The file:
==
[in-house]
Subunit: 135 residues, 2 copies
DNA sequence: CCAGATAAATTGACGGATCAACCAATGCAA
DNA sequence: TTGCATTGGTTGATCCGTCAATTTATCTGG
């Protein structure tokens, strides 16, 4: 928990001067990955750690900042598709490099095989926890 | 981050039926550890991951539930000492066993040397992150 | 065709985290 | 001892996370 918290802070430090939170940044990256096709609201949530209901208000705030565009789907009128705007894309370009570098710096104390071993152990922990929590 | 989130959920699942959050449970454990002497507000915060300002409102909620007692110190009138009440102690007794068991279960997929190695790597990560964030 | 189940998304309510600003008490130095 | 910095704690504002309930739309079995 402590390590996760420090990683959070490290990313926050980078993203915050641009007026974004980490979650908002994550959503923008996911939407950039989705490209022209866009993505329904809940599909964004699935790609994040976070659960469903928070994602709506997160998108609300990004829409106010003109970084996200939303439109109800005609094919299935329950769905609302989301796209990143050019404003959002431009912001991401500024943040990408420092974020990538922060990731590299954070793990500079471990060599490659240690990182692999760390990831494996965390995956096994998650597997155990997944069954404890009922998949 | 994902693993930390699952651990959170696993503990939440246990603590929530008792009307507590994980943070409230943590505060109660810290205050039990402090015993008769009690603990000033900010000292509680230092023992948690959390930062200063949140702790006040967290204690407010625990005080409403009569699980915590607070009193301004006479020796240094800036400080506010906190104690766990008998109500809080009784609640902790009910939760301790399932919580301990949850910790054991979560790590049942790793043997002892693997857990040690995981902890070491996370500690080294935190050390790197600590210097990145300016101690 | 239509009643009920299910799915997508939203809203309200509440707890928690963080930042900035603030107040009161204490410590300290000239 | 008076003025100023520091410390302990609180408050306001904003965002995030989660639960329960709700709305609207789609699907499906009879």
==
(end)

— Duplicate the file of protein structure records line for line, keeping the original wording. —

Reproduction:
[in-house]
Subunit: 135 residues, 2 copies
DNA sequence: CCAGATAAATTGACGGATCAACCAATGCAA
DNA sequence: TTGCATTGGTTGATCCGTCAATTTATCTGG
């Protein structure tokens, strides 16, 4: 928990001067990955750690900042598709490099095989926890 | 981050039926550890991951539930000492066993040397992150 | 065709985290 | 001892996370 918290802070430090939170940044990256096709609201949530209901208000705030565009789907009128705007894309370009570098710096104390071993152990922990929590 | 989130959920699942959050449970454990002497507000915060300002409102909620007692110190009138009440102690007794068991279960997929190695790597990560964030 | 189940998304309510600003008490130095 | 910095704690504002309930739309079995 402590390590996760420090990683959070490290990313926050980078993203915050641009007026974004980490979650908002994550959503923008996911939407950039989705490209022209866009993505329904809940599909964004699935790609994040976070659960469903928070994602709506997160998108609300990004829409106010003109970084996200939303439109109800005609094919299935329950769905609302989301796209990143050019404003959002431009912001991401500024943040990408420092974020990538922060990731590299954070793990500079471990060599490659240690990182692999760390990831494996965390995956096994998650597997155990997944069954404890009922998949 | 994902693993930390699952651990959170696993503990939440246990603590929530008792009307507590994980943070409230943590505060109660810290205050039990402090015993008769009690603990000033900010000292509680230092023992948690959390930062200063949140702790006040967290204690407010625990005080409403009569699980915590607070009193301004006479020796240094800036400080506010906190104690766990008998109500809080009784609640902790009910939760301790399932919580301990949850910790054991979560790590049942790793043997002892693997857990040690995981902890070491996370500690080294935190050390790197600590210097990145300016101690 | 239509009643009920299910799915997508939203809203309200509440707890928690963080930042900035603030107040009161204490410590300290000239 | 008076003025100023520091410390302990609180408050306001904003965002995030989660639960329960709700709305609207789609699907499906009879």